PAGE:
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Skeletons of stories that won't ever be written.

In­spired by "From Dusk Till Dawn".

Sto­ry Nr. 1: Night of the preda­tor

Gen­re: Su­per­nat­u­ral Hor­ror.

Notes: This sto­ry should be writ­ten in Love­craftian pros­e, and try to pro­vide a sense of fore­bod­ing, and im­mi­nent doom, while seem­ing com­plete­ly ob­vi­ous.

Fran­cis was the sev­enth son of a sev­enth son of a sev­enth son. As such, his fate was pre­or­dained. On ev­ery ful­l-­mooned fri­day, he would ex­per­i­ment a hor­rid trans­for­ma­tion.

He runs through the woods while re­mem­ber­ing the strange ad­mo­ni­tions from his fa­ther, who ex­plained to him the blood­thirst of the were­wolf, the hor­ror of his ac­tion­s, the curse up­on his vic­tim­s.

He feels a nag­ging sense of things be­ing all wrong. A hunger for strange, un­named things. An ea­ger­ness for for­ward mo­tion. A preda­to­ri­al wish.

Then, while in the wood­s, look­ing at the moon, he ex­pe­ri­ences a painful elon­ga­tion of his body, a con­stric­tion of his limb­s.

His skin changes quick­ly, his teeth grow too long and sharp for his mouth.

He flops around for a minute or two and dies.

The sev­enth son of a were­wolf is a were­shark.

The rest of the sto­ry is a CSI-style po­lice pro­ce­dur­al about the ori­gin of a shark corpse 500km away from the sea, the pro­tag­o­nists are park ranger­s.

Sto­ry Nr. 2: The man with the gold­en brain

Gen­re: bon­di­an su­per­spy.

Notes: This should in­clude a lot of tech­no­jar­gon which makes no sense, and the prose should be quite bad. Think Ian Flem­ing.

Our su­per­spypro­tag­o­nist is tasked with de­stroy­ing the world-de­stroy­ing weapon of a thirld world dic­ta­tor with a sur­pris­ing­ly large mous­tache and a beret.

This dic­ta­tor's head­quar­ters are be­neath a vol­cano, and his weapon would de­stroy the world by pro­vok­ing catas­tro­phes of a very com­pli­cat­ed na­ture (to be de­ter­mined. ideas: drive all farm an­i­mals in­to a killing fren­zy, make all 7up bot­tles ex­plode at ran­dom times, turn cock­er spaniels in­to evil sci­en­tist­s).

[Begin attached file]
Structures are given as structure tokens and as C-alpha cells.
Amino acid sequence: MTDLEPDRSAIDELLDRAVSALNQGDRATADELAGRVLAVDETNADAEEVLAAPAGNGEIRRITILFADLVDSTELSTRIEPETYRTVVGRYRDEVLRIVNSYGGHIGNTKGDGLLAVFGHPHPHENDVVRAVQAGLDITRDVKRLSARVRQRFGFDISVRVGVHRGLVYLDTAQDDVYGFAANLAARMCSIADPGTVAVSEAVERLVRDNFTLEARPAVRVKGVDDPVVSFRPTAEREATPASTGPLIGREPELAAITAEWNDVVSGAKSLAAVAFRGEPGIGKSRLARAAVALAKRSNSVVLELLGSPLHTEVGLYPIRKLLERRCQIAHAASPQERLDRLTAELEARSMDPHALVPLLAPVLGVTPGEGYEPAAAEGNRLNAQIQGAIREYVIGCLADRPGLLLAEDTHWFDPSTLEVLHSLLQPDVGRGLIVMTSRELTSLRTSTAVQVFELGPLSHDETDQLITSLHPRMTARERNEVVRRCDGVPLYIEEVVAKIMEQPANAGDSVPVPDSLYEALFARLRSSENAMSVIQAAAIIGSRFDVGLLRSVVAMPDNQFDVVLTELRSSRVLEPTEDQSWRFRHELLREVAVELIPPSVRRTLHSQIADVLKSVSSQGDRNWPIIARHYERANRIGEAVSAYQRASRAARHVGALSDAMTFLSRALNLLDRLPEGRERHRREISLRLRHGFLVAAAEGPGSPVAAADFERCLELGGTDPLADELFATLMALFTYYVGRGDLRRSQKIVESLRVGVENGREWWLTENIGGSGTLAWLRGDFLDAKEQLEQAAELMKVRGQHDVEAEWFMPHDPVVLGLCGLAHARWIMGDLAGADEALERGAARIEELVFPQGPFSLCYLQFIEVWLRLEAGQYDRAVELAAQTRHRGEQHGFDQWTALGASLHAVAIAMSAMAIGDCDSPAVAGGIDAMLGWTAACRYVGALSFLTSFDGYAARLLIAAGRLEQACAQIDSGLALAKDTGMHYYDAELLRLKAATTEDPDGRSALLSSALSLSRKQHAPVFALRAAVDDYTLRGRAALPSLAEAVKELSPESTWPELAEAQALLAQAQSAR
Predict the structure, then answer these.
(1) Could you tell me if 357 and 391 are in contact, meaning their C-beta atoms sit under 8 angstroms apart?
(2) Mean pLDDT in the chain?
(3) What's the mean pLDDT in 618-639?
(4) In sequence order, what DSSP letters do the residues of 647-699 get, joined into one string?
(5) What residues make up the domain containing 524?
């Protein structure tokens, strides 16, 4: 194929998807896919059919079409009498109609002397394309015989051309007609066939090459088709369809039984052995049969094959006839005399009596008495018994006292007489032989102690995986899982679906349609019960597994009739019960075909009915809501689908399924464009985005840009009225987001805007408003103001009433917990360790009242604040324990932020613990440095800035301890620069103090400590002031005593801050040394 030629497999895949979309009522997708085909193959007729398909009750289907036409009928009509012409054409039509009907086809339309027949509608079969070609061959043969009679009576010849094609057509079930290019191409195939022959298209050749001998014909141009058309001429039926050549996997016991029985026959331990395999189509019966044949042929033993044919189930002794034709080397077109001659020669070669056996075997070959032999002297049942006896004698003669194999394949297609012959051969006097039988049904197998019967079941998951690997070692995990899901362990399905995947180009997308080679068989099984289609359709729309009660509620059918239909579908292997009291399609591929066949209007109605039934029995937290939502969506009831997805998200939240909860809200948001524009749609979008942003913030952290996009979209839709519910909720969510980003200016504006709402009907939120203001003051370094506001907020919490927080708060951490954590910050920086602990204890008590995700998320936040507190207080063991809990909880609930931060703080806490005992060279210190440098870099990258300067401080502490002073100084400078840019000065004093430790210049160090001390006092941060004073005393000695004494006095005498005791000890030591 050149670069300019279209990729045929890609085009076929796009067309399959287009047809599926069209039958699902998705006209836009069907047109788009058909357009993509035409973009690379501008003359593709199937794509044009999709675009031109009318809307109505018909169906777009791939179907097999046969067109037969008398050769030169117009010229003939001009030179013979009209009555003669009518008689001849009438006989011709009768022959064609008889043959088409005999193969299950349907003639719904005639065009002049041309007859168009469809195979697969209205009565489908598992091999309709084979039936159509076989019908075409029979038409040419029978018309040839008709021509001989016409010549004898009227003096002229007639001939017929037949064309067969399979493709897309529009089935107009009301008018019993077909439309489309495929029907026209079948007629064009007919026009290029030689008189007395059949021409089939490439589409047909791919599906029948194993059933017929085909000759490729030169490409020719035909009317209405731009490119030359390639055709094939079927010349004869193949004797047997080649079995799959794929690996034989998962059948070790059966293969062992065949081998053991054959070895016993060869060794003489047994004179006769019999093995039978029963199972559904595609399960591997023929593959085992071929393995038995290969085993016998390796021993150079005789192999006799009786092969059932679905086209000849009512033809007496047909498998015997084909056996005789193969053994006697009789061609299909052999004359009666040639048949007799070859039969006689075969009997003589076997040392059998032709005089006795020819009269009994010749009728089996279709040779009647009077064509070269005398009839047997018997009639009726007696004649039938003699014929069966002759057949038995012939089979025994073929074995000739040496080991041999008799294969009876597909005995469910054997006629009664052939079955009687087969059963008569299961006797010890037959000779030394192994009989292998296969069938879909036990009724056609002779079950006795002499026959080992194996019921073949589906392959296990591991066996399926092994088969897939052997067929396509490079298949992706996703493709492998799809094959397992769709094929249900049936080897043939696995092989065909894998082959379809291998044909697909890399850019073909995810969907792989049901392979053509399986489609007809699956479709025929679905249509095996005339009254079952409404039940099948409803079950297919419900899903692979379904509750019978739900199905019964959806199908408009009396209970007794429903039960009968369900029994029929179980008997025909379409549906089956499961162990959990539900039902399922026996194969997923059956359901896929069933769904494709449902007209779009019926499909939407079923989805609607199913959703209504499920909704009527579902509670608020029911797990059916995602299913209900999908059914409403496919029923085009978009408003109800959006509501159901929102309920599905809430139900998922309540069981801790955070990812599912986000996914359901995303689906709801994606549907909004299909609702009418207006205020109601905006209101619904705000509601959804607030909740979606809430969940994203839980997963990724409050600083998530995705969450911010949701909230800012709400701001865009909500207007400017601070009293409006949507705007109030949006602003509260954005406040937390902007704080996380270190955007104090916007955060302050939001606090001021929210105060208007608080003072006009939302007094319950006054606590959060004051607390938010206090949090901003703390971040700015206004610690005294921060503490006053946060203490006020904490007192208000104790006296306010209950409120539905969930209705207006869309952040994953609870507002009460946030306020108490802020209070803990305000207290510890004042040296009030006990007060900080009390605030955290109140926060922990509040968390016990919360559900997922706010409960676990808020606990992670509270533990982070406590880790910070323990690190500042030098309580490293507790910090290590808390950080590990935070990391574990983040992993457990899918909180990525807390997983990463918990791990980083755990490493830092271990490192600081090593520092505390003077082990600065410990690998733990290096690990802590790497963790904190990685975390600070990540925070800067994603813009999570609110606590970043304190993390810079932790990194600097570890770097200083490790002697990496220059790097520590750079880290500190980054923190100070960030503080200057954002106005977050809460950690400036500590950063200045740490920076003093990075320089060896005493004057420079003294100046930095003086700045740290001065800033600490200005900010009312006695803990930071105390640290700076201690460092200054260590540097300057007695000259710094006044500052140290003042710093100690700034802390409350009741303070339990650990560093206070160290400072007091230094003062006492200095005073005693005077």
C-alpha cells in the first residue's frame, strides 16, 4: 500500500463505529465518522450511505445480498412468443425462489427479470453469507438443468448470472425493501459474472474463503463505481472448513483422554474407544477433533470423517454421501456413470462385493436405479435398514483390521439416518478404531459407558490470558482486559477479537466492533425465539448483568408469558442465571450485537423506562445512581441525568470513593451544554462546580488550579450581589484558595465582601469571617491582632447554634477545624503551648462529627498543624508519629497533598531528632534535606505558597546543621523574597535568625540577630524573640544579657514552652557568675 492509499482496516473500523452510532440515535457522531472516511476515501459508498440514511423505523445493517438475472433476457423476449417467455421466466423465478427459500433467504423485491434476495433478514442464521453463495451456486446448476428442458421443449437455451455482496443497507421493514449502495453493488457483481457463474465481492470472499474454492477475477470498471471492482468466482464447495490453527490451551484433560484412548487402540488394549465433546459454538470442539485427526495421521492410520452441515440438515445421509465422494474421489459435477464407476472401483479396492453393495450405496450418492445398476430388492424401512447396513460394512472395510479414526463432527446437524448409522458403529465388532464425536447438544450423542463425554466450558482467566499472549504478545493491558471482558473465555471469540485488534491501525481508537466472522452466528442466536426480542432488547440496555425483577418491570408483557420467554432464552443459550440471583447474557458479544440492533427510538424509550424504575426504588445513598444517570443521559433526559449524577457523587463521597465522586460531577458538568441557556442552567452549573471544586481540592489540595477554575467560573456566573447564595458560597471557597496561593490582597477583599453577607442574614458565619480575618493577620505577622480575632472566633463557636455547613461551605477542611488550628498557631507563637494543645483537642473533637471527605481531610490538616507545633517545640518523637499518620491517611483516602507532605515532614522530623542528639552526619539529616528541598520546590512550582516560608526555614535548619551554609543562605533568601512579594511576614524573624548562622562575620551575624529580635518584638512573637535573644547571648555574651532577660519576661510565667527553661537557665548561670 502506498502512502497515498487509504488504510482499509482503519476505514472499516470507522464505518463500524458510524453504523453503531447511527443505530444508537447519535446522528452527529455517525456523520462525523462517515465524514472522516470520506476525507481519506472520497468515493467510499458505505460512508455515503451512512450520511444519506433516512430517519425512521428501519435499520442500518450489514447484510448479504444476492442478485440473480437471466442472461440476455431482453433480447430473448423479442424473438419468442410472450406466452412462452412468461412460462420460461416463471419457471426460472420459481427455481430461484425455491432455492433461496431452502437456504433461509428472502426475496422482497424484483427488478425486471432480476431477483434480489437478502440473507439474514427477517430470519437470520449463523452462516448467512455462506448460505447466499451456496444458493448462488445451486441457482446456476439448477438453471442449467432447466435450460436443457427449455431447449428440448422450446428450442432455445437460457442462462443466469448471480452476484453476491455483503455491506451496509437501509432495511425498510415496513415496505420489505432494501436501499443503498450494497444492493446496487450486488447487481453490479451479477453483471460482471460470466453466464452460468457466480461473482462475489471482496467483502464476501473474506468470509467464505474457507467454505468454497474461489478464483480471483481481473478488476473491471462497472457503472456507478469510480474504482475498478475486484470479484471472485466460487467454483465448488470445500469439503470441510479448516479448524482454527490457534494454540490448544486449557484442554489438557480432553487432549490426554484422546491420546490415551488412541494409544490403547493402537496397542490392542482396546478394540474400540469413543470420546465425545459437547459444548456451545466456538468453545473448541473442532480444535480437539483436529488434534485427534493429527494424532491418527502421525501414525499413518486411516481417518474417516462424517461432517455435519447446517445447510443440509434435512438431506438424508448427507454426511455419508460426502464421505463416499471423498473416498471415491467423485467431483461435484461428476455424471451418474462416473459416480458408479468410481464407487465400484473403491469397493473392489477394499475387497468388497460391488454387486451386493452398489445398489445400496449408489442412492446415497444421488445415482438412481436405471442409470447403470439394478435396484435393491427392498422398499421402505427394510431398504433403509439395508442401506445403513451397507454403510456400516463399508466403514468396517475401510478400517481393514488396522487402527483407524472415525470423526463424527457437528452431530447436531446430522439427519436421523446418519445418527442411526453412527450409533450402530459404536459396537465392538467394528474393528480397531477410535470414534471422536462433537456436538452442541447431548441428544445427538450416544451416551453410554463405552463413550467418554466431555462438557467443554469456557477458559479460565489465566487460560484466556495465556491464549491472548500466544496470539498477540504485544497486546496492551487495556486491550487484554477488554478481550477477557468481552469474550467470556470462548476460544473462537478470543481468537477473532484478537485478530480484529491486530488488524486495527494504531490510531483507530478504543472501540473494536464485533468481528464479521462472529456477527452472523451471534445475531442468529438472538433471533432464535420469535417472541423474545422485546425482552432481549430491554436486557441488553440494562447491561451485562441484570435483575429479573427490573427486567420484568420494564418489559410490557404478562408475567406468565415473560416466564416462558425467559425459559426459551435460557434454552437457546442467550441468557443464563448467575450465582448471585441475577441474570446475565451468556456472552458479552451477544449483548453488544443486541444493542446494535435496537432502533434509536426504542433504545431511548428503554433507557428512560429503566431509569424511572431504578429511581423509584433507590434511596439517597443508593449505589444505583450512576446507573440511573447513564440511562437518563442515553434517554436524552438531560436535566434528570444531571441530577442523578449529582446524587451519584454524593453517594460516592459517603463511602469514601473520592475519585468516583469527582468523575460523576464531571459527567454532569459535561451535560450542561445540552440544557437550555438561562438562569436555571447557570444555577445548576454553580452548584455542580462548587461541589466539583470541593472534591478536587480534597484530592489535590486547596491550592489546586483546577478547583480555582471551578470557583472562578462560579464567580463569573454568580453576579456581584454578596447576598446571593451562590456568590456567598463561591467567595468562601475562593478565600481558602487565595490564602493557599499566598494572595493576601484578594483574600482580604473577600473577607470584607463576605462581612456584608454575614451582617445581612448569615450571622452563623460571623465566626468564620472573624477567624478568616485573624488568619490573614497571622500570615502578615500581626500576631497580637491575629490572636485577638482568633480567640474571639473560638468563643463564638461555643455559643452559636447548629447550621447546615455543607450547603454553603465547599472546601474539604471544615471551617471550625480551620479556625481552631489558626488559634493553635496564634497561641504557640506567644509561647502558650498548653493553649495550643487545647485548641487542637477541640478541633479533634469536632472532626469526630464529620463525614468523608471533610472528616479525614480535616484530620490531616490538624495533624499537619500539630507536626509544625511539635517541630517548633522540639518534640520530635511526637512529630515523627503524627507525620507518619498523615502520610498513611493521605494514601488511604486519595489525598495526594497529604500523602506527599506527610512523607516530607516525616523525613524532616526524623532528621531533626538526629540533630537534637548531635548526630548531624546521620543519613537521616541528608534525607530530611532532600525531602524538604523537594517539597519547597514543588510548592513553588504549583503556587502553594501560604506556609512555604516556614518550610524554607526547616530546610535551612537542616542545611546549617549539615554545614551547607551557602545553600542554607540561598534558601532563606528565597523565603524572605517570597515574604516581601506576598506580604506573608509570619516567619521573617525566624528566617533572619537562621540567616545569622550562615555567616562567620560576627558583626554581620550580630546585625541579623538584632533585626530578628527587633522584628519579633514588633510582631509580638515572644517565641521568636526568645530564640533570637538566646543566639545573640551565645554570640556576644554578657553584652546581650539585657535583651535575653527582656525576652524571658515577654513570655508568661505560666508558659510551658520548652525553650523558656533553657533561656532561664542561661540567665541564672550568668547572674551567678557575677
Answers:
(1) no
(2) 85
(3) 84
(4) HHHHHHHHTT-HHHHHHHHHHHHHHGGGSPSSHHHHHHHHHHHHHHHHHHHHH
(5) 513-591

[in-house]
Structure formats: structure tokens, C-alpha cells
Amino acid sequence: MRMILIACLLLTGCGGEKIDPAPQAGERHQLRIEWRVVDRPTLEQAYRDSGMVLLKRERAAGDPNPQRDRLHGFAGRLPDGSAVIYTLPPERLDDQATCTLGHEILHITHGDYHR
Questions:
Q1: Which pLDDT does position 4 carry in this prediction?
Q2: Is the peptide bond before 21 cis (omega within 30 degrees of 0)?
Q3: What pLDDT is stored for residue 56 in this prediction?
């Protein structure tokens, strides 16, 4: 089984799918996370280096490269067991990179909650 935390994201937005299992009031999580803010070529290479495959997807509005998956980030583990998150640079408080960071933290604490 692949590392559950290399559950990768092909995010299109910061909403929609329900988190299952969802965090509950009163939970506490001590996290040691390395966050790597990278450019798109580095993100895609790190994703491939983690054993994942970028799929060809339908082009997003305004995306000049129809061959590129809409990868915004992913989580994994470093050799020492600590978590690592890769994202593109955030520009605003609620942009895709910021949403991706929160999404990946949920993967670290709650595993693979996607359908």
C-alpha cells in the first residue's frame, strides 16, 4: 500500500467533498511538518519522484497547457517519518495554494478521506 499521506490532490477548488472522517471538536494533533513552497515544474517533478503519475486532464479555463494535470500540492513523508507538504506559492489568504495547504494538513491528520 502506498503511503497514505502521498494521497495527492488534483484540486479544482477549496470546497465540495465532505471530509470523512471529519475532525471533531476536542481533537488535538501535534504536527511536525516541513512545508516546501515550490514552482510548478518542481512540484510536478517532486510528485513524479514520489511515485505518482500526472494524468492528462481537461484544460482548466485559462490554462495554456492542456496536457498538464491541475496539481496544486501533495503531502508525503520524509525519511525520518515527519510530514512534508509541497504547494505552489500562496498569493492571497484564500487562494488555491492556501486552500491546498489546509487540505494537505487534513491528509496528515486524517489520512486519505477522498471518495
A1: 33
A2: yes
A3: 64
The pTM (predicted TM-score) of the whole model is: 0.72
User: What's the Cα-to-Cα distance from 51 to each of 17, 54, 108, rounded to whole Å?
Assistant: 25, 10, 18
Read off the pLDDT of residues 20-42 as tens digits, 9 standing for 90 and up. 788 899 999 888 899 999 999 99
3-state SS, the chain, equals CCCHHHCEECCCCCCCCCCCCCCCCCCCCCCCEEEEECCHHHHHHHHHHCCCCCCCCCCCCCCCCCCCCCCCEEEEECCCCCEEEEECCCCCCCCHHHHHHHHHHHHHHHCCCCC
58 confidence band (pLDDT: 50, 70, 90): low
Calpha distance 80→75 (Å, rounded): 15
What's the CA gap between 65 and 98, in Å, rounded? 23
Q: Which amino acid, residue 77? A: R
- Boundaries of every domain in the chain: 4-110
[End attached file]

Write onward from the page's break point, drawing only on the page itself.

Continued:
Our hero en­ters the lair through some com­pli­cat­ed path in­volv­ing sew­ers and airduct­s.

He is cap­tured by the evil tyran­t, and tied to a ta­ble with a gi­ant laser aimed at his groin.

While the tyrant pre­pares to kill him in this over-­com­pli­cat­ed man­ner, the hero says "be­fore I die, can I ask you one thing?".

The tyrant replies by blow­ing hero's head with a colt 45 then says "Hel­l, no!" [1].

Unim­ped­ed in his plans be­cause all in­dus­tri­al­ized na­tions re­lied on a sin­gle guy work­ing alone, he black­mails all the world in­to sur­ren­der.

The rest of the movie is a geopo­lit­i­cal thriller about:

  • The dif­­fi­cul­­ty of rul­ing the world from an un­der­de­vel­oped coun­try, with em­pha­­sis on tele­com­­mu­ni­­ca­­tion is­­sues.

  • The eco­log­i­­cal sit­u­a­­tion stem­ming from the forced un­de­vel­op­­ment of West­­ern Eu­­rope and North Amer­i­­ca in or­der to re­­duce the stress on the en­vi­ron­­men­t.

  • The psi­­cho­log­i­­cal stress­es on the world pop­u­la­­tion when they re­al­ize their lifes de­pend on the whim of the guy with the big­ger gun.

  • The com­­pas­­sion­ate rule of the afore­­men­­tioned tyrant and benev­o­­lent di­­ca­­tor for life, who pro­ceeds to dis­­arm all armies (in­­clud­ing his own), and nev­er ac­­tu­al­­ly us­es his weapon.

Epi­logue:

200 years lat­er, the im­pos­si­bil­i­ty of re­mote­ly con­trolled ex­plo­sive 7up bot­tles is ter­mi­nant­ly proven.


[1] This is tak­en from the "Guie for the Per­fect Tyran­t".

Marcos Dione / 2006-04-04 13:46:

Just great. couldn't tstop laughing for an hour. I wish I had some money; I would jump into the let's-do-the-movie wagon. They would do a good couple of satirical movies. Tarantino, Zucker-Abrahams-Zucker, can you read this?!? where are you when we need them?

taj / 2006-04-04 13:47:

The seventh son of a werewolf is a wereshark.



tears


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